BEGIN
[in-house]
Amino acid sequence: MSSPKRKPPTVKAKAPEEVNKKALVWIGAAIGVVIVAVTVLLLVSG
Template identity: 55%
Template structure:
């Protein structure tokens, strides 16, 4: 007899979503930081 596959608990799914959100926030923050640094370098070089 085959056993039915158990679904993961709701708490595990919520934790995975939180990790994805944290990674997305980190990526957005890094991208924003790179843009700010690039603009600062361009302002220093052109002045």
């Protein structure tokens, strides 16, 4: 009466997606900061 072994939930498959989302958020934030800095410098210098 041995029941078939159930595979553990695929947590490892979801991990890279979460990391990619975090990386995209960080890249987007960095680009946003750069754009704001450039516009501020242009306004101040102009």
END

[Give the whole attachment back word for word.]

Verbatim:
[in-house]
Amino acid sequence: MSSPKRKPPTVKAKAPEEVNKKALVWIGAAIGVVIVAVTVLLLVSG
Template identity: 55%
Template structure:
């Protein structure tokens, strides 16, 4: 007899979503930081 596959608990799914959100926030923050640094370098070089 085959056993039915158990679904993961709701708490595990919520934790995975939180990790994805944290990674997305980190990526957005890094991208924003790179843009700010690039603009600062361009302002220093052109002045």
């Protein structure tokens, strides 16, 4: 009466997606900061 072994939930498959989302958020934030800095410098210098 041995029941078939159930595979553990695929947590490892979801991990890279979460990391990619975090990386995209960080890249987007960095680009946003750069754009704001450039516009501020242009306004101040102009």